BODY COMPOSITION TESTSBody Mass Index (BMI)BMI stands for Body Mass Index. It takes a person's weight in kilograms and divides it by their height in meters squared. For instance, if your height is 1.82 meters, the divisor of the calculation will be (1.82 * 1.82) = 3.3124. If your weight is 70.5 kilograms, then your BMI is 21.3 (70.5 / 3.3124) (see calculator links below). The higher the figure the more overweight you are. Like any of these types of measures it is only an indication and other issues such as body type and shape have a bearing as well. Remember, BMI is just a guide - it does not apply to elderly populations, pregnant women or very muscular athletes. Calculate your own BMI! If you are from the US, use this calculator. For the rest of the world, there is a metric version. Test Details· description / procedure: BMI is calculated from body mass (M) and height (H). BMI = M / (H x H), where M = body mass in kilograms and H = height in meters. The higher the score usually indicating higher levels of body fat· scoring:underweight <20
    healthy range 20-25
    overweight 25-30
    obese >30
    · equipment required: scales and stadiometer as for weight and height.· target population: BMI is often used to determine the level of health risk associated with obesity.· advantages: simple calculation from standard measurements· disadvantages: BMI can be inaccurate, for example with large and muscular though lean athletes scoring high BMI levels which incorrectly rates them as obese.· other comments: Other measures of body composition would be preferable if available.
    Does It Matter If You Are Overweight?
    (c) Kim Beardsmore
    Everywhere we look in the western world we are inundated with pictures, images, icons and inferences of the 'perfect' female shape! The truth is that many of these images are altered or enhanced in some way and do not depict the typical female form. The pressure to lose weight is immense when we are bombarded every day with media selling products based on slimness, sex appeal and fashion. The constant message is that slimness will make you desirable.
    With the current demographic trends in western countries, and faced with a sea of high fat, high sugar combined with physical inactivity; it is time to pay attention to our weight but not for any reasons of desirability. The most important reason for wanting to be a healthy body weight is for health rather than for how your body looks.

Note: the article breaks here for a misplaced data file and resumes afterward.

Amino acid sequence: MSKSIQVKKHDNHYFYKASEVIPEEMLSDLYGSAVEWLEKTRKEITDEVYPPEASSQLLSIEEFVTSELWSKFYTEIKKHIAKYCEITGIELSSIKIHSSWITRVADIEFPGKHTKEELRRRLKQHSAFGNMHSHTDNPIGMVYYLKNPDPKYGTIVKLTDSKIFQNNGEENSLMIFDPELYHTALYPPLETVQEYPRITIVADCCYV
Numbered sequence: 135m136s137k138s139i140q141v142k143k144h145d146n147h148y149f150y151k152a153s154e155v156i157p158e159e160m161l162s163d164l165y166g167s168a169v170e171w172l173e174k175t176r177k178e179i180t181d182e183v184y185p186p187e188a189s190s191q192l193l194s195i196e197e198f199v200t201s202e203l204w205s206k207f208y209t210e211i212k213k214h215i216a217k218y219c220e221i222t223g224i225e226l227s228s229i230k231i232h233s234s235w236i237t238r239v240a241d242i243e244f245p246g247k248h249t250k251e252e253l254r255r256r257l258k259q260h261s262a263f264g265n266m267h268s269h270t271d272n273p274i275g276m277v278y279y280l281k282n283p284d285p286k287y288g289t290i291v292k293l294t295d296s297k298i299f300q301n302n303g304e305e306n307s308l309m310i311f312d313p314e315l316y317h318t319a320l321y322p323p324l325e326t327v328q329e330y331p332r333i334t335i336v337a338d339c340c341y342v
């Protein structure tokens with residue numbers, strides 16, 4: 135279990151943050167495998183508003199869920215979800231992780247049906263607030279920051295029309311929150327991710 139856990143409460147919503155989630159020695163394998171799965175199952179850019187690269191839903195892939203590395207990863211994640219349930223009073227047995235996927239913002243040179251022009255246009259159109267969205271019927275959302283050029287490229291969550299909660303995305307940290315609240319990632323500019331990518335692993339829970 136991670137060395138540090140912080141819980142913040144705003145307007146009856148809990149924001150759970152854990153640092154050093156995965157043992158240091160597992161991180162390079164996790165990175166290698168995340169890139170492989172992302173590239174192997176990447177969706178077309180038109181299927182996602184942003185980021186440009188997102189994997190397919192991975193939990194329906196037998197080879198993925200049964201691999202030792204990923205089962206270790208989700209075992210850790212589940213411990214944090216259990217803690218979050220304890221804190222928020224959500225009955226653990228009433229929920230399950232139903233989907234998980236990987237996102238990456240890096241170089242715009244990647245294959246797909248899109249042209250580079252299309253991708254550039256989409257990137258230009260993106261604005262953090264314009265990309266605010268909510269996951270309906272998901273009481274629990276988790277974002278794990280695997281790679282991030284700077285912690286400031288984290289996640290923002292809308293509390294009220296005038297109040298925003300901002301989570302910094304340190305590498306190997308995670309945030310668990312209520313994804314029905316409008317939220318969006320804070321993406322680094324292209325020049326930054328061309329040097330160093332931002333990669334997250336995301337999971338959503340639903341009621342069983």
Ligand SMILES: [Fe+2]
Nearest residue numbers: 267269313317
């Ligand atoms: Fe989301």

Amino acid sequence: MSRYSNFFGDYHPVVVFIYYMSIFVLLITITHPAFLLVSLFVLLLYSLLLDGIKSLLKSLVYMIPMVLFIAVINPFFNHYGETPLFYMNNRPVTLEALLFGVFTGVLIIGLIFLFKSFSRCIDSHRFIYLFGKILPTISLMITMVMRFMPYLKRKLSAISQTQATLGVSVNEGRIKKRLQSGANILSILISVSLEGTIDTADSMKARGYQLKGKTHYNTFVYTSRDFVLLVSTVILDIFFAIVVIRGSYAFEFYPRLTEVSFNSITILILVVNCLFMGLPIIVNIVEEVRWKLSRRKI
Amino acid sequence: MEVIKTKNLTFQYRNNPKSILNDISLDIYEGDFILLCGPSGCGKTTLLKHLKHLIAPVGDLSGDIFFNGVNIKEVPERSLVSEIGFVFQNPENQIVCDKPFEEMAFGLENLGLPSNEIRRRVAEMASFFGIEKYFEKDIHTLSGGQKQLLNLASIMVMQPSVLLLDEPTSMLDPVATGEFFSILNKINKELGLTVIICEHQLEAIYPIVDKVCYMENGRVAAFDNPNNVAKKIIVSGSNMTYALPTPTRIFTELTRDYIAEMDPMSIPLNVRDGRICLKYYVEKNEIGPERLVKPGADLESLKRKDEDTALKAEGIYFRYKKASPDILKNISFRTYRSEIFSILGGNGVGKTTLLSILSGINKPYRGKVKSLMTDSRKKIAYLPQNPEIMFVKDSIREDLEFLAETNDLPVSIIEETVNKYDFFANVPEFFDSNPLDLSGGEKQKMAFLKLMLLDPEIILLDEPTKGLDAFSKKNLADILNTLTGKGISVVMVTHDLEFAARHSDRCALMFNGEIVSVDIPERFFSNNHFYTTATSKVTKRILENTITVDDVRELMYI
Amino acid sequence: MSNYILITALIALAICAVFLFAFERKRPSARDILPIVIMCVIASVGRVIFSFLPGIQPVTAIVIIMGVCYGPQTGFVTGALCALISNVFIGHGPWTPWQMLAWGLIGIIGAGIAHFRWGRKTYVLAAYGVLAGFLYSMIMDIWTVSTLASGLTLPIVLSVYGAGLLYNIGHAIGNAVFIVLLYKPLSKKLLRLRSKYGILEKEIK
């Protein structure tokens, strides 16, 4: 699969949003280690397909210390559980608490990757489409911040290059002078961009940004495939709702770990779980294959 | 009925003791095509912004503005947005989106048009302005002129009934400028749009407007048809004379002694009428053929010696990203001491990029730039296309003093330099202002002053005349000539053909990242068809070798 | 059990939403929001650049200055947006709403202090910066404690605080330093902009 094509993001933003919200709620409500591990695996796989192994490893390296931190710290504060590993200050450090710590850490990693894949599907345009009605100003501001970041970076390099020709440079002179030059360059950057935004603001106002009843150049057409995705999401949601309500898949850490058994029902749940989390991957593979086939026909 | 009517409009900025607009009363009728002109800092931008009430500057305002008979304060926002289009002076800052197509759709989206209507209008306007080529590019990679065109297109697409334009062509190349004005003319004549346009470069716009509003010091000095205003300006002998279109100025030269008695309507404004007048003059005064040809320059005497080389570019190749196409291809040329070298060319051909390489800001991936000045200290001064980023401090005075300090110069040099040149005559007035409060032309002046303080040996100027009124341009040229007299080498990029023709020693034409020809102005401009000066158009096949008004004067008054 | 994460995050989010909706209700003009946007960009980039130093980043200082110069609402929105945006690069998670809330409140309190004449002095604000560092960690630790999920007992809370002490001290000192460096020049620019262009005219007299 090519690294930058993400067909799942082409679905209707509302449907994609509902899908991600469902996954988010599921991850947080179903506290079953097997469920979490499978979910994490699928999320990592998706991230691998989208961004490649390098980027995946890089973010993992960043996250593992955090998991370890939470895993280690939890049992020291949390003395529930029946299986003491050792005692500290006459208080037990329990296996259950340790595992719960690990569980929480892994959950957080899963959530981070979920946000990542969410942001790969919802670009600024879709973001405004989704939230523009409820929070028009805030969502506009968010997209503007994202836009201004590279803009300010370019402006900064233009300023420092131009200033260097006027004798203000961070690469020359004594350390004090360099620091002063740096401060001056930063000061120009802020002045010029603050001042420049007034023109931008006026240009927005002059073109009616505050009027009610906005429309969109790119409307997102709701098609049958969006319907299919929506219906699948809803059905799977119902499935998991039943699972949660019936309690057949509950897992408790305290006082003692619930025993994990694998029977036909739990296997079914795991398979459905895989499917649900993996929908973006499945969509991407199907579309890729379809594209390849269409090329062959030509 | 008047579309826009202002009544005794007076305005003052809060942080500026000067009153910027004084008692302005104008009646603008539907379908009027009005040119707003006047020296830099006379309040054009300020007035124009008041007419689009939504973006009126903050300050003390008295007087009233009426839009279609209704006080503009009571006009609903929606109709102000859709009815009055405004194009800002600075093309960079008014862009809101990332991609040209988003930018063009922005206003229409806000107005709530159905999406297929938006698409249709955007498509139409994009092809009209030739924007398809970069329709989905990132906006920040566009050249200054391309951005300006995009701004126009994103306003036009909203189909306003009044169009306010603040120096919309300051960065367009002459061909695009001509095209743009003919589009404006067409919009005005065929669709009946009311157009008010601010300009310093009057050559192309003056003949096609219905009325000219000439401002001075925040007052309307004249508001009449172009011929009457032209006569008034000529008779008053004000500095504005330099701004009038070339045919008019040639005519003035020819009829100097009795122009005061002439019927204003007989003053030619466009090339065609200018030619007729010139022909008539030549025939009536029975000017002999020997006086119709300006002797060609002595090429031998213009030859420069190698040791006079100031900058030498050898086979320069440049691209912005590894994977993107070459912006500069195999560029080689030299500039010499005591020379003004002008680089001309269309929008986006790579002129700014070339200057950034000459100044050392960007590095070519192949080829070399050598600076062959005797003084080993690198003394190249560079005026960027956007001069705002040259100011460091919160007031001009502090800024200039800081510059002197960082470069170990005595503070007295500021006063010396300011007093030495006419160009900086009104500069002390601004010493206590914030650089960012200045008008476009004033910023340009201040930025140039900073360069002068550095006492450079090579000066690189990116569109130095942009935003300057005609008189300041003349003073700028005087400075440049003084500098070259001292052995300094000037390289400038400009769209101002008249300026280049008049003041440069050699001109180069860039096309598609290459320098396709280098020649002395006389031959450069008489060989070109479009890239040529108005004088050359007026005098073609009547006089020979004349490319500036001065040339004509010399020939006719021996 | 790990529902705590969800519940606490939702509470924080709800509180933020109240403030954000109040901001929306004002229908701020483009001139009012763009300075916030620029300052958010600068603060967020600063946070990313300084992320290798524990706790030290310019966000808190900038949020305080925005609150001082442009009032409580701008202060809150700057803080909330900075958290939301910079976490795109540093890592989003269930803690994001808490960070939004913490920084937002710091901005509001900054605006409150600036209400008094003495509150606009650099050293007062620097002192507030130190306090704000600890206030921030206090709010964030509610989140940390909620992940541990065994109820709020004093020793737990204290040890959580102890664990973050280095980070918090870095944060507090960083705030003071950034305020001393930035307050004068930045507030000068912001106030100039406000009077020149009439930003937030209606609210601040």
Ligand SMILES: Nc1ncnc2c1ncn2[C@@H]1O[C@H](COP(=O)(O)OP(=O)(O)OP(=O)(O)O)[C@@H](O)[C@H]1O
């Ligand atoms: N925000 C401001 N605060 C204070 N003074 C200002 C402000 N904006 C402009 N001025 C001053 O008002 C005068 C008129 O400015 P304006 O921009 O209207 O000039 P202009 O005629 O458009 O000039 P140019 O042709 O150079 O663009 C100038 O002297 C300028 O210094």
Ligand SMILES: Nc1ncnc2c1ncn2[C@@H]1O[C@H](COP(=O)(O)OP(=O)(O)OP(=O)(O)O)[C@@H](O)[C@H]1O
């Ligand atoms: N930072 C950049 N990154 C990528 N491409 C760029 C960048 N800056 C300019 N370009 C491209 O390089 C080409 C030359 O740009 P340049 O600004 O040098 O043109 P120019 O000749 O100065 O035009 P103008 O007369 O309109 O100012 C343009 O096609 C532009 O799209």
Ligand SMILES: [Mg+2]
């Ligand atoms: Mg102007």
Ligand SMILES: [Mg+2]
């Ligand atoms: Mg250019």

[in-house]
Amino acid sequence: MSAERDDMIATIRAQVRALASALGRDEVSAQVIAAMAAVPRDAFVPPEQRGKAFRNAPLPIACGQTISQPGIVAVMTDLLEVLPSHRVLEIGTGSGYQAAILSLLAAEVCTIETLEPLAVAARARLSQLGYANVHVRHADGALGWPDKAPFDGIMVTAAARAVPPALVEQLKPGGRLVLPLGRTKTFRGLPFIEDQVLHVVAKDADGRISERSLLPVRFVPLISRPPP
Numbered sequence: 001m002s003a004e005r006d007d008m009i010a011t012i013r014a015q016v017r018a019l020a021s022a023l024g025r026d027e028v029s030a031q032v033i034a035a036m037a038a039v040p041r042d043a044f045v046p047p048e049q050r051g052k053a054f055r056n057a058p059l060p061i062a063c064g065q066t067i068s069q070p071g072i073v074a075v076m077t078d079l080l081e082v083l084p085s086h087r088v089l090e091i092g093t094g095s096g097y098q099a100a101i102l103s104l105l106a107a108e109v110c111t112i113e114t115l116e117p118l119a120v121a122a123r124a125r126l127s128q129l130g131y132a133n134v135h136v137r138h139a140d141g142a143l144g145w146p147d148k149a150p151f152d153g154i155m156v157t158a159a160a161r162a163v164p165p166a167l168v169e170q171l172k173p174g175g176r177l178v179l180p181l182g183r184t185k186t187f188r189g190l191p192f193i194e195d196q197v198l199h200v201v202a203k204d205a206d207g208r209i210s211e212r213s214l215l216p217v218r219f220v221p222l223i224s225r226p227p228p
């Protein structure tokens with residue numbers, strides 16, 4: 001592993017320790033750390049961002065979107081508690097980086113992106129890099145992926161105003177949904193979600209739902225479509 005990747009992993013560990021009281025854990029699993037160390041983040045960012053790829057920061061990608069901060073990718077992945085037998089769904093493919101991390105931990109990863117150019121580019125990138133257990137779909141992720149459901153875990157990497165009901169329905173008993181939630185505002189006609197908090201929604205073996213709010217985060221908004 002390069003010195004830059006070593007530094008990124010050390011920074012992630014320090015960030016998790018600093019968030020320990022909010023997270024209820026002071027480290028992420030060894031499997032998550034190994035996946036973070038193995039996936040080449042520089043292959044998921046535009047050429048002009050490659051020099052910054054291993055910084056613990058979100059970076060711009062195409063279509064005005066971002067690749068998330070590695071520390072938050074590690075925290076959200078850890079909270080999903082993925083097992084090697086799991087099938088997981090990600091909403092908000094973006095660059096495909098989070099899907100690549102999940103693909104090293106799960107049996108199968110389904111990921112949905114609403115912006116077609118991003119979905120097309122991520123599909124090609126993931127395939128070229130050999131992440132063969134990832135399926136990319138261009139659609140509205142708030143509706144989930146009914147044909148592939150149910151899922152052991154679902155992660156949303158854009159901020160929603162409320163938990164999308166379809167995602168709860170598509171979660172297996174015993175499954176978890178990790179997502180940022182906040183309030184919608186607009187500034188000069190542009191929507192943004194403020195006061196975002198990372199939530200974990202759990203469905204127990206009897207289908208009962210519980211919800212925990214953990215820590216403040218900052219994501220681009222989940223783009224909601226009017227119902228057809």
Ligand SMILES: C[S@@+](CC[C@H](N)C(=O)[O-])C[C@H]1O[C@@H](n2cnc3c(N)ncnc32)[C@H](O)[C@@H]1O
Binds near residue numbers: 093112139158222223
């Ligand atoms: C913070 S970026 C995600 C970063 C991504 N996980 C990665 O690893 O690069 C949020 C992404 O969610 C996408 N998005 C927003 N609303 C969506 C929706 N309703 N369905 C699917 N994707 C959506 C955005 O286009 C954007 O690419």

Overweight and obesity are major public health problems in western countries. Since the 1980s both adult men and women have become heavier, with obesity rates more than doubling in the last 20 years! Children are also becoming heavier. There is a growing concern that we are inadvertently training our overweight children to become obese adults. It has been said, we are digging our graves with out teeth! So just why should we be concerned with achieving a healthy body weight?
    Overweight linked with diabetes.
    In January 2003, the Journal of the American Medical Association featured two studies that highlighted the topic of obesity and its impact on health. The first study focused on the relationship between obesity and diabetes, as well as the growing concern of diabetes in the U.S. between the years 2000 and 2001. The numbers don't look good, with an alarming 5.6% increase of obesity in both men and women-from all ethnic groups, age ranges and educational levels. The occurrence of diabetes also increased-up 8.2% from 2000.
    Overweight linked with premature death.
    The second study found that obesity appears to markedly lessen life expectancy, especially among young adults. The researchers compared Body-Mass Index (BMI) to longevity and found a correlation between premature death and higher BMIs. For example, a 20-year-old white male, 5'10" weighing 288 pounds with a BMI of greater than 40 was estimated to lose 13 years of his life as a result of obesity. Findings were similar for women with higher BMIs, who were estimated to lose an average of eight years. While these studies reference extreme levels of obesity, there are still millions of overweight people in developed countries with a life expectancy rate that is three to five years less than their healthy-weight counterparts.
    Overweight linked with heart disease.